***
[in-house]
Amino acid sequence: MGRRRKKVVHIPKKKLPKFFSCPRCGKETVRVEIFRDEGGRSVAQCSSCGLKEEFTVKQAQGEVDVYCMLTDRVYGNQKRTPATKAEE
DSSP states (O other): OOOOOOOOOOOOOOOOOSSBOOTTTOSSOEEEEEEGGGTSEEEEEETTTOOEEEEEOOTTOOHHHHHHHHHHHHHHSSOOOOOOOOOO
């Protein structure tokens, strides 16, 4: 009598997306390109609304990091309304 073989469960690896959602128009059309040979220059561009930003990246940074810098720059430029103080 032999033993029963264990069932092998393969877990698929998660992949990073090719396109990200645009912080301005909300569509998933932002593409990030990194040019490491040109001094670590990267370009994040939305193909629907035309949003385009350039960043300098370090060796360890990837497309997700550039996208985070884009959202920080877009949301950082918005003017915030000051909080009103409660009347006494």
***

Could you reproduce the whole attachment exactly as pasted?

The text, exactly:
[in-house]
Amino acid sequence: MGRRRKKVVHIPKKKLPKFFSCPRCGKETVRVEIFRDEGGRSVAQCSSCGLKEEFTVKQAQGEVDVYCMLTDRVYGNQKRTPATKAEE
DSSP states (O other): OOOOOOOOOOOOOOOOOSSBOOTTTOSSOEEEEEEGGGTSEEEEEETTTOOEEEEEOOTTOOHHHHHHHHHHHHHHSSOOOOOOOOOO
């Protein structure tokens, strides 16, 4: 009598997306390109609304990091309304 073989469960690896959602128009059309040979220059561009930003990246940074810098720059430029103080 032999033993029963264990069932092998393969877990698929998660992949990073090719396109990200645009912080301005909300569509998933932002593409990030990194040019490491040109001094670590990267370009994040939305193909629907035309949003385009350039960043300098370090060796360890990837497309997700550039996208985070884009959202920080877009949301950082918005003017915030000051909080009103409660009347006494």